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## Synthetic examples

I test the datuming scheme described above with phase-shift, split-step, and finite-difference depth extrapolation algorithms. For testing, I use a simple model, Figure , that has a syncline reflector under an undulating surface. The irregular surface is modeled to have not only gradual topographic changes, but also discontinuity.

vxz-split-modl
Figure 6
Synthetic wave field on the irregular surface in v(x,z) (a) velocity model, v(x,z)=1500.+0.2x+0.2z. (b) Wave field recorded on the irregular surface using split-step extrapolation scheme.

vxz-split-wxz-datum
Figure 7
Datumed wave field using different extrapolation algorithms (a) Datumed wave field using split-step algorithm. (b) migrated image using split-step algorithm. (c) Datumed wave field using finite-difference algorithm. (d) migrated image using finite-difference algorithm.

The forward modeling experiment was done using the algorithm explained in Figure  for a constant velocity; Figure (a) shows the result. Datuming was then performed using the algorithm shown in Figure  with the phase-shift extrapolation as the depth extrapolation operator W. The result appears in Figure (b); the exact bow-tie shaped wave field is the characteristic of the syncline reflector on a flat datum. I then applied the same algorithm with the other depth extrapolation schemes. Figures (c) and (d) show the datumed results for the split-step and the 45-degree finite-difference methods. When the velocity is constant, the split-step algorithm is identical to the phase-shift algorithm. Therefore, we can see that the datumed wave fields in Figures (b) and (c) are the same. The result of the finite-difference method, Figure (d), also shows a correctly-located bow-tie shaped wave field with remaining very weak artifacts in the region under the undulating surface. These artifacts can be explained as the energy from the evanescent region that has not been removed.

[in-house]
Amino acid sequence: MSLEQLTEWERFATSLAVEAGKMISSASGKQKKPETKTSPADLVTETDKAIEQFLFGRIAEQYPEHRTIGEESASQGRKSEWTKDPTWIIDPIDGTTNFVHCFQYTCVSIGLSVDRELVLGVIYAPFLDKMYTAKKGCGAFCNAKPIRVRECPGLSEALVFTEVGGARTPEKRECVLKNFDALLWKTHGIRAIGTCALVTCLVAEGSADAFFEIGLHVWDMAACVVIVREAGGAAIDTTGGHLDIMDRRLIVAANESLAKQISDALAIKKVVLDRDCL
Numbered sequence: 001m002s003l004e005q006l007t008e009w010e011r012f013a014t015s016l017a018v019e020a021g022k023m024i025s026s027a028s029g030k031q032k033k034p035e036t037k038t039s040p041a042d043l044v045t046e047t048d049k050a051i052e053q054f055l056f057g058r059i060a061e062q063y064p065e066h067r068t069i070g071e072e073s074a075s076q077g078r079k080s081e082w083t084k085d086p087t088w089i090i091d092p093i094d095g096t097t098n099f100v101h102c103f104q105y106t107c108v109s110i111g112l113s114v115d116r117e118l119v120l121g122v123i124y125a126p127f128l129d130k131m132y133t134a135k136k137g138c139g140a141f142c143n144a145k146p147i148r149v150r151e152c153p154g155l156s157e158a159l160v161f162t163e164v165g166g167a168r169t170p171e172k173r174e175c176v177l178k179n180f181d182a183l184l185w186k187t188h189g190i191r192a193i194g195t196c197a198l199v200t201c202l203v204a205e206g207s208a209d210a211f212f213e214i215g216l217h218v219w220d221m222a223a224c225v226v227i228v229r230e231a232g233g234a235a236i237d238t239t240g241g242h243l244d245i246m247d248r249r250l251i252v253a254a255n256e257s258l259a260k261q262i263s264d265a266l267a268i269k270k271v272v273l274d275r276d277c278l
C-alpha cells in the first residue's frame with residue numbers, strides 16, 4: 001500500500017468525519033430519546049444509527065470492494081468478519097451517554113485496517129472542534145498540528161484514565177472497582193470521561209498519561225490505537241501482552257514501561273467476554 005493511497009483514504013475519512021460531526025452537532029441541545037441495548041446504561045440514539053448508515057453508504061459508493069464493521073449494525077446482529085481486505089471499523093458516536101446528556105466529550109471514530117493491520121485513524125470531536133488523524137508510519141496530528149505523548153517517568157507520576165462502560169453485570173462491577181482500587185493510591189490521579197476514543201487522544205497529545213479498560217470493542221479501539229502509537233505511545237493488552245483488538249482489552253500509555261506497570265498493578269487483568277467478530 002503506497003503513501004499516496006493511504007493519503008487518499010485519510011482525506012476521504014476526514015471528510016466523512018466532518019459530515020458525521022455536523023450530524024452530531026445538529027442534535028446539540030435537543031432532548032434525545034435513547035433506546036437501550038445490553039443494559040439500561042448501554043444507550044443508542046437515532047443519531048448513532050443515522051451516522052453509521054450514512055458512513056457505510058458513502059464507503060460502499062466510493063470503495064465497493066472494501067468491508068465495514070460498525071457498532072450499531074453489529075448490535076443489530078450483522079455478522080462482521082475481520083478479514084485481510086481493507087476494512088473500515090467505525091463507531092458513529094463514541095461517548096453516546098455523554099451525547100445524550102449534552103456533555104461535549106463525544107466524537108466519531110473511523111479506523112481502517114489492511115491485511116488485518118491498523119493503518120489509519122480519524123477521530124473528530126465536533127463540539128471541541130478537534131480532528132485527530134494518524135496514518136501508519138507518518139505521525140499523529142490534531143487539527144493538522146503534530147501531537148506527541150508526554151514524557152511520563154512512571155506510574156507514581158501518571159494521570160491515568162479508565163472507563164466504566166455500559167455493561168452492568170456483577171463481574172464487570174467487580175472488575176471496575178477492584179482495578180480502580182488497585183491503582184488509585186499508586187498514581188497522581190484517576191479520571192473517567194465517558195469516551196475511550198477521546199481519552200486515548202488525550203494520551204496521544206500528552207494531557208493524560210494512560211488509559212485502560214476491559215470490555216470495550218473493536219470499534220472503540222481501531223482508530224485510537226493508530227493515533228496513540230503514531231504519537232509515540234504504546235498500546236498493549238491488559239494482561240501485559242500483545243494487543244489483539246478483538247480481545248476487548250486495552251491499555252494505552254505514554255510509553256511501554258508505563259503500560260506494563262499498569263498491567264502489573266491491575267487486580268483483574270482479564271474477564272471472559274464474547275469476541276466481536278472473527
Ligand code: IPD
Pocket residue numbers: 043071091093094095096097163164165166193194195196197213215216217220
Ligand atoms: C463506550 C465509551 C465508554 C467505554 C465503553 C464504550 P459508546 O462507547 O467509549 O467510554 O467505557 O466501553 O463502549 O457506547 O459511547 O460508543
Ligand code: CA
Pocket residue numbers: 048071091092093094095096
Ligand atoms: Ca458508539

To illustrate the effectiveness of the datuming algorithm, I tested a velocity function that varies in depth and lateral extent for the same reflector and topographic model shown in Figure . The velocity model used in this experiment has a linear increase both in depth and lateral: v(x,z)=1500.+0.2x+0.2z (Figure (a)). The zero-offset data are modeled with the use of split-step extrapolation; Figure (b) shows the result. The datuming algorithm is then applied to the data, Figure (b), using the split-step extrapolation; the result is shown in Figure (a). Figure (b) shows the migrated image. By comparing Figure  and Figure (b), we can see the effect of the datuming algorithm. The datuming algorithm using the finite-difference extrapolation is also tested for the same data, shown in Figure (b); the datumed wave field is shown in Figure (c) and the migrated image is shown in Figure (d). In Figure (d) we can see that the reflector is imaged correctly with the exception of the steep dip portion, which is limited by the 45-degree wave equation.

Next: REFERENCES Up: Wave equation datuming Previous: Datuming operator
Stanford Exploration Project
2/5/2001